A 50-year-old bridge collapsed in the United States, forcing Pittsburgh rescuers to rappel down a ravine and form a human chain to reach a few occupants of a city bus that fell with the span . No deaths have been reported.
The collapse came hours before US President Joe Biden arrived in the city to promote his $1 trillion infrastructure bill, which earmarked about $1.6 billion ($2.45 billion New Zealand) to the maintenance of bridges in Pennsylvania.
At least four people had to be hospitalized. Five other vehicles were also on the bridge at the time. The cause was being investigated and crews searched under the debris for additional victims.
A large crack appeared at the end of the bridge where the segmented bus landed 46 meters into the ravine, as if struck by an earthquake. A car landed upside down in front of the bus, which was operated by the Pittsburgh Area Transit Agency.
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The Forbes Avenue Bridge over Fern Hollow Creek in Frick Park collapsed at 6:39 a.m. Friday (local time), city officials said. The loud crashing sound was followed by hissing and the smell of natural gas, witnesses said.
“The first sound was a lot louder, and kind of a rumble, which I guess was the structure, the bridge hitting the ground,” said Ken Doyno, a resident who lives four houses away. “I mean, the whole house shook at that time.”
Ruptured gas lines along the bridge caused the leak and the gas supply was shut off within half an hour, city officials said.
As Biden was visiting the scene, an officer told him that a person running had helped first responders get people out of cars. He called it a miracle.
“It really is, it’s amazing,” Biden said.
By mid-afternoon, three adults were being treated and all were in fair condition, the local hospital system said. A fourth person had been treated and was released.
The National Transportation Safety Board sent a team to investigate. The agency tweeted a photo Friday night of President Jennifer Homendy at the scene.
A search and rescue team combed the area, said Sam Wasserman, spokesman for Pittsburgh Mayor Ed Gainey. Drones were brought in to help.
Most of the 10 people assessed for injuries were first responders who were checked for exhaustion or because of cold, snowy weather, Gainey said.
The segmented bus operated by the Allegheny County Port Authority had two passengers in addition to the driver, said agency spokesman Adam Brandolph.
Bus driver Daryl Luciani told local station WPXI-TV that as soon as he reached the bridge he thought it was collapsing.
“I could just smell it,” Luciani told the station. “The bus was bouncing and shaking and it feels like a long time, but it probably took less than a minute for the bus to finally stop, and I was just thankful no one on the bus was hurt.”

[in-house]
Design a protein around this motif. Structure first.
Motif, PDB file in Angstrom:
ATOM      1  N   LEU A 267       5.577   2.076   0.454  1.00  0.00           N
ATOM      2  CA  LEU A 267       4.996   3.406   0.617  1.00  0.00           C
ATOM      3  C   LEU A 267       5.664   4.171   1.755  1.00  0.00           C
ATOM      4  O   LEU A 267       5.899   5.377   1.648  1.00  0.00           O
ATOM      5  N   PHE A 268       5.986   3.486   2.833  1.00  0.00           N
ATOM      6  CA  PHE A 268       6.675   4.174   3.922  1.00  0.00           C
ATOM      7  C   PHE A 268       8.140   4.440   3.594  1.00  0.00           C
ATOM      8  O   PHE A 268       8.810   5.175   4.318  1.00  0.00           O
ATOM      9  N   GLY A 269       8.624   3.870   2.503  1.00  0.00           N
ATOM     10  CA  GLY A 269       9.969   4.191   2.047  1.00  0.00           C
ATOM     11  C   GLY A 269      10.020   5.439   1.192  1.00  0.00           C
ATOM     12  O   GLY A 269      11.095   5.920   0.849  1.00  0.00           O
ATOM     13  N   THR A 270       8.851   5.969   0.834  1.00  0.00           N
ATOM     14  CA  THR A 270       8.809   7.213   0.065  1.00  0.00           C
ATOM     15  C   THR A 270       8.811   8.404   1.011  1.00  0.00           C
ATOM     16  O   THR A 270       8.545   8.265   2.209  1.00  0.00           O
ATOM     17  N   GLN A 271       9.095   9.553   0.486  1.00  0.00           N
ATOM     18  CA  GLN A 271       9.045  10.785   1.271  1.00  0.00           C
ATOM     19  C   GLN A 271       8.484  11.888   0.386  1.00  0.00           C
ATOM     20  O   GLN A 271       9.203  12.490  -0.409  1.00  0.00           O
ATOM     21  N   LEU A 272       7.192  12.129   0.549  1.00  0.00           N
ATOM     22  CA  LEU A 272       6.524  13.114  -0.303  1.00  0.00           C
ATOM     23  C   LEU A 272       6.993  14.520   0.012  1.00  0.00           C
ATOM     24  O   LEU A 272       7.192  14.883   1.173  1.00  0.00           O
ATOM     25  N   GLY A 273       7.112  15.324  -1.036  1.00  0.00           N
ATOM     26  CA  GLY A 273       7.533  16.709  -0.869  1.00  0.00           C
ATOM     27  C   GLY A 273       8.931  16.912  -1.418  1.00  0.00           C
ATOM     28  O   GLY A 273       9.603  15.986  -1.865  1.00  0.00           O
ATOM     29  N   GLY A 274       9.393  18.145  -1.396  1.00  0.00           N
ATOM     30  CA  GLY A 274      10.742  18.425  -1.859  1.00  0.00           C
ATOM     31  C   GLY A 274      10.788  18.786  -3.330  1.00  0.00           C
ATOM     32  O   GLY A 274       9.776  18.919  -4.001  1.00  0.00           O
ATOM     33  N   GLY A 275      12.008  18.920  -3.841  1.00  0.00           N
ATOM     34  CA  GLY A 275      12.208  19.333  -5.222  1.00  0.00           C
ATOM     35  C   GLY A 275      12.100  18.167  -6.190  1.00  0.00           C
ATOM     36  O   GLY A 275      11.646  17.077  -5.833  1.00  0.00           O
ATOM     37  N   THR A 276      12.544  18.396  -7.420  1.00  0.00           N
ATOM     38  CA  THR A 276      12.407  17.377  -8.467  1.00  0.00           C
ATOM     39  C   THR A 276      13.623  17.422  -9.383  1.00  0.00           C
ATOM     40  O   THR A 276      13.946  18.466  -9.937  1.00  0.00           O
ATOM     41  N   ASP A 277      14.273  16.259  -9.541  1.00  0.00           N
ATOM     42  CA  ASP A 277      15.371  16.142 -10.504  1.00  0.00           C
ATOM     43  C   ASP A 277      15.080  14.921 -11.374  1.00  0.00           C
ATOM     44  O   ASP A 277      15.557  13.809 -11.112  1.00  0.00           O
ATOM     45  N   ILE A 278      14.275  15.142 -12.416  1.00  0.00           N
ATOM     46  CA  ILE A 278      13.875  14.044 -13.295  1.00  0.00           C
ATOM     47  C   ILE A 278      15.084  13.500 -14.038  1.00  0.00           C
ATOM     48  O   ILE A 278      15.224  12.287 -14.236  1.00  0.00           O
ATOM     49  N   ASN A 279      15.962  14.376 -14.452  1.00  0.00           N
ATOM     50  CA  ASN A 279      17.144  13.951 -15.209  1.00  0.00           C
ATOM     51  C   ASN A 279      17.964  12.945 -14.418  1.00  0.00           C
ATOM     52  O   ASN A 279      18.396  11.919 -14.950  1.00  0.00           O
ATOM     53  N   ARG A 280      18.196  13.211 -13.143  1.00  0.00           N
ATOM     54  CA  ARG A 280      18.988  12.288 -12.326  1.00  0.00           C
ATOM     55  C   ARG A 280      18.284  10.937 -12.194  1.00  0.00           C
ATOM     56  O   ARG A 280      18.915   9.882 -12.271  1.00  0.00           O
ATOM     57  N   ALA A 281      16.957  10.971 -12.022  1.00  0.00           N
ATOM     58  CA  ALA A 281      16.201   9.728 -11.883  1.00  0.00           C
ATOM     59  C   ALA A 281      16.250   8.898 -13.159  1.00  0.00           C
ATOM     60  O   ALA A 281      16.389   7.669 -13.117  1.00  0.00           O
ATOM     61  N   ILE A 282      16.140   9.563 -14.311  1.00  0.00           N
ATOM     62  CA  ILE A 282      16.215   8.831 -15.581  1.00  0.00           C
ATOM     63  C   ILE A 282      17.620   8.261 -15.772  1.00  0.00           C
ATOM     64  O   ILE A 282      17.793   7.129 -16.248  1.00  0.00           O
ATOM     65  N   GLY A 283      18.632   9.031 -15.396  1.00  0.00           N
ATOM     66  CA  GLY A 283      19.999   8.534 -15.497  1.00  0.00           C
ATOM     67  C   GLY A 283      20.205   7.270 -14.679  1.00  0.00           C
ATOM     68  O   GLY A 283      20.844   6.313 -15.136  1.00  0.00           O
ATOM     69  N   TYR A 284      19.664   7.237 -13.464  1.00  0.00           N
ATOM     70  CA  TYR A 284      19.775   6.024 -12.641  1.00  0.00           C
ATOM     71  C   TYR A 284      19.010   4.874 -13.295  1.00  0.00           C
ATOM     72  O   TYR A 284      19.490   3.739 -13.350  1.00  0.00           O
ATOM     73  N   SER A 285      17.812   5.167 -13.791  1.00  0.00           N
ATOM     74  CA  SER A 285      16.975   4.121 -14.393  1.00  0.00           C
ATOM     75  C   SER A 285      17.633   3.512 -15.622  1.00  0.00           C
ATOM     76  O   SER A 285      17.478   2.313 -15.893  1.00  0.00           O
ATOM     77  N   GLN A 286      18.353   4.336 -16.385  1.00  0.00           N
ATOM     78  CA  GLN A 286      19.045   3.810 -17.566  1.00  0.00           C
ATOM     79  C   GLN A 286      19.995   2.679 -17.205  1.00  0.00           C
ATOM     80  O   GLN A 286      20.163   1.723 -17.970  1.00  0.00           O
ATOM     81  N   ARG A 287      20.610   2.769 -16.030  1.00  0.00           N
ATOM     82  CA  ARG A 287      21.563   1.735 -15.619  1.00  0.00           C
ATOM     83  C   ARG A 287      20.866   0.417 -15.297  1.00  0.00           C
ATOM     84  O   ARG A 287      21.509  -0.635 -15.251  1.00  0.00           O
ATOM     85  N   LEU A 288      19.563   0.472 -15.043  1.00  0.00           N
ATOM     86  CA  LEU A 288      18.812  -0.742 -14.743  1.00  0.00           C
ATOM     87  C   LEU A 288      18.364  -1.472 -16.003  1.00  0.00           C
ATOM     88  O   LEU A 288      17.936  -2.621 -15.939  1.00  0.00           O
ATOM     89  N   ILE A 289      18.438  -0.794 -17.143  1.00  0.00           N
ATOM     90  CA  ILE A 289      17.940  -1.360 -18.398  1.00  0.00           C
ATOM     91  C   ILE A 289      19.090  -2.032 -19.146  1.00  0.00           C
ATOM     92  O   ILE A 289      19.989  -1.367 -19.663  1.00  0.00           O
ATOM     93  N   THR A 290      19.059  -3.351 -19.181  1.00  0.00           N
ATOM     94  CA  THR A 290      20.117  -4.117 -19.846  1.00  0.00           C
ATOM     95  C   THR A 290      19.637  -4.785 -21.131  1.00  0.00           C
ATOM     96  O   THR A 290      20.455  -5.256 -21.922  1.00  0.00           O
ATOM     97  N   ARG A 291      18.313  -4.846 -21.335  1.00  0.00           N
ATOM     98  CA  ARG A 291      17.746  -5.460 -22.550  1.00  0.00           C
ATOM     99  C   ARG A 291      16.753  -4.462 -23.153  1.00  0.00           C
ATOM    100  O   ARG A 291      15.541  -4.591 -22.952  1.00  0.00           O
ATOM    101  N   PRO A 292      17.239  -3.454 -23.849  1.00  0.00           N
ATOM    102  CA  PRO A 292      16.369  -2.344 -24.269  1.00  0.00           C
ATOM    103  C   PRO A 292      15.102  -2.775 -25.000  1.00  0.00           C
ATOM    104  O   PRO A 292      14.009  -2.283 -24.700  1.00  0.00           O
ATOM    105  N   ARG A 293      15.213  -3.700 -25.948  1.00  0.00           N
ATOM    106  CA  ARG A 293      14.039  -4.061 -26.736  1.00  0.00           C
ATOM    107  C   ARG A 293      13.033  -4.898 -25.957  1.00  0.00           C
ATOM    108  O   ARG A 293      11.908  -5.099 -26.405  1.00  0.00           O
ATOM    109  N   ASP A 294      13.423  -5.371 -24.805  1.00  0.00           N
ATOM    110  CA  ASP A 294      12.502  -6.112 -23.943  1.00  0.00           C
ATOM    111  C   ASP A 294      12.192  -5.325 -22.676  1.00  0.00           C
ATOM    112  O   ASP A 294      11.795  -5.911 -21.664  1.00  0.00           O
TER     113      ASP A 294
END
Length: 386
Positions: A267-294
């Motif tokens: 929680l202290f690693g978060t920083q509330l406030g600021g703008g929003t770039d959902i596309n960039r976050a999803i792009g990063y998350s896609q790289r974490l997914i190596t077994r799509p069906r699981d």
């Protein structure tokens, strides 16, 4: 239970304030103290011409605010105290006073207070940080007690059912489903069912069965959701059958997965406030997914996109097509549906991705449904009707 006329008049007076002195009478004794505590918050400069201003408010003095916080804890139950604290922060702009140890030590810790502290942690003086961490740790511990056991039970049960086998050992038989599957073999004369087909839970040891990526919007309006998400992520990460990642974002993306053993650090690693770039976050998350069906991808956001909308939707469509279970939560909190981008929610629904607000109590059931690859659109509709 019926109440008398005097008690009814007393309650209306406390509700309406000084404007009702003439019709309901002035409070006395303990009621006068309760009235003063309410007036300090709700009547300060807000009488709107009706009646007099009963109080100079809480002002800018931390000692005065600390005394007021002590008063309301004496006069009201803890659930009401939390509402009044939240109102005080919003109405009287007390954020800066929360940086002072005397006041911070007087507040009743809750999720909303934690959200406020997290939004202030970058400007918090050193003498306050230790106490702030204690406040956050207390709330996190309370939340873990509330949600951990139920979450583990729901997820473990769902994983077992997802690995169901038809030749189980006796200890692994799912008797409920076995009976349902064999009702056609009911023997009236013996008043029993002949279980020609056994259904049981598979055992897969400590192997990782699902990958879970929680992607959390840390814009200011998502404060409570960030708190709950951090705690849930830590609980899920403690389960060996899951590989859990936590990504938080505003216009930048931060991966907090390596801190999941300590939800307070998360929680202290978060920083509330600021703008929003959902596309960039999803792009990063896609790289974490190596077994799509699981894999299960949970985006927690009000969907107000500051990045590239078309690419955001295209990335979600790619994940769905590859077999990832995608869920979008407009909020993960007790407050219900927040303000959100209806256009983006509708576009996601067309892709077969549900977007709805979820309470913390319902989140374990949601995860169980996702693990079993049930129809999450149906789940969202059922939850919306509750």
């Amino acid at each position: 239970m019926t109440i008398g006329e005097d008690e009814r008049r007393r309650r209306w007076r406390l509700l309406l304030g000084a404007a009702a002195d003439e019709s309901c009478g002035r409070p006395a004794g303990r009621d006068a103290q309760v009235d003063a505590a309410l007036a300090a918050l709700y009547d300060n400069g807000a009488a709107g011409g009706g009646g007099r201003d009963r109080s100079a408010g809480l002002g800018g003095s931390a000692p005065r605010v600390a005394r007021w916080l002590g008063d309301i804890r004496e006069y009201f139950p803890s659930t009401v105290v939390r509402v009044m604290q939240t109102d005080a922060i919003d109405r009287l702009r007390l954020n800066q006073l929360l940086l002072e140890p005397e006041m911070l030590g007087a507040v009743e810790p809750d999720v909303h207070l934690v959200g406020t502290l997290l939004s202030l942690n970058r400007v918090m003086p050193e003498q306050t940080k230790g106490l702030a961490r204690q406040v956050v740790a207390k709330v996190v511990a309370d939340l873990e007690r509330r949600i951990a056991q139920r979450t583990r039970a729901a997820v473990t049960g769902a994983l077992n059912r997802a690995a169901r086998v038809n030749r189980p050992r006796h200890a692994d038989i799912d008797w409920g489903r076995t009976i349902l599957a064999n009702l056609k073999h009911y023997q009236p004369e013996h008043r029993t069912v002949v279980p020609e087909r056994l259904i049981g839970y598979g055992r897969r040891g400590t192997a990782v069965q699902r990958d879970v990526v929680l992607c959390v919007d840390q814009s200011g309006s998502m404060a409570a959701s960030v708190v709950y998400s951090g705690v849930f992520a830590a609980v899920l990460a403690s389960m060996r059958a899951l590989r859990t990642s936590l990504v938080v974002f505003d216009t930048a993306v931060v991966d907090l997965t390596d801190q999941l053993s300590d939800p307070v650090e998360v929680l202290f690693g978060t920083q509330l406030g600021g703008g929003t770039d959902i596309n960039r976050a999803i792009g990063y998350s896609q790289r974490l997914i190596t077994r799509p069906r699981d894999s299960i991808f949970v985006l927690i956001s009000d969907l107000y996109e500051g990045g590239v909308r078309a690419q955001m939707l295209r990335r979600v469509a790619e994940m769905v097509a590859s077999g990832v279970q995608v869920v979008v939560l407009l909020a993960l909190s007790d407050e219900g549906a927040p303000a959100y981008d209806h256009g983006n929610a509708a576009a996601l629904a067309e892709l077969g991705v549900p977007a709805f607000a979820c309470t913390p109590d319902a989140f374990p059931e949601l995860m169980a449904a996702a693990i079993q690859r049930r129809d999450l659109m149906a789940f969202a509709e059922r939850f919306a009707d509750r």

The passengers appeared to be fine, he said, so he pulled on the air brake and waited for help to arrive. First responders reached them after descending with flashlights in the pre-dawn darkness and used a rope to help him and the other occupants to safety, Luciani said.
About two hours after the collapse, Brandolph said, one of the passengers was on another bus, began complaining of injuries, and was taken to hospital. The driver and the other passenger were not injured, according to Brandolph.
The bus had started its journey in downtown Pittsburgh and was heading towards the suburban community of Braddock.
“Judging by the time of day, if that bus had been traveling downtown, there would probably have been more people on the bus and obviously the situation could have been a lot worse,” Brandolph said.
The bus had seven or eight cameras, and any footage they captured of the collapse will be part of the investigation, Brandolph said.
Neighbors said a gas company employee went door to door to evacuate them from the immediate area before the gas was successfully shut off.
“Apart from that lingering noise, we could start to smell the gas and that was the really scary thing, and then with that smell, we both said, let’s get dressed and get out of here,” Lyn Krynski said. , whose house is closest to the bridge. .
“It sounded more like a weather phenomenon than anything,” said Douglas Gwilym, who was shoveling snow when he heard the noise. “That was all I had to compare it to – it was that weird, sibilant sound.”
The bridge is a major thoroughfare that leads to the Squirrel Hill and Oakland neighborhoods and is a popular route into downtown Pittsburgh. Authorities told motorists to avoid the area. Several neighbors said a two-hour delay to school due to weather might have averted a much worse human tragedy.
At the site of the collapse, Pennsylvania Lieutenant Governor John Fetterman called it “just a horrible, surreal scene.”
“I hope this is a wake-up call for the nation that we need to make these infrastructure investments,” Fetterman said.
The steel bridge, which was built in 1970, carries about 14,500 vehicles a day, according to a 2005 estimate.
Wasserman said the most recent inspection took place in September, but the report was not immediately available.
But a September 2019 inspection of the city-owned bridge found the deck and superstructure to be in poor condition, according to the U.S. Department of Transportation’s National Bridge Inventory.
A spreadsheet on the State Department of Transportation’s website listed the bridge’s overall condition as poor, which the Pennsylvania Department of Transportation says means “deterioration of primary structural elements has progressed “.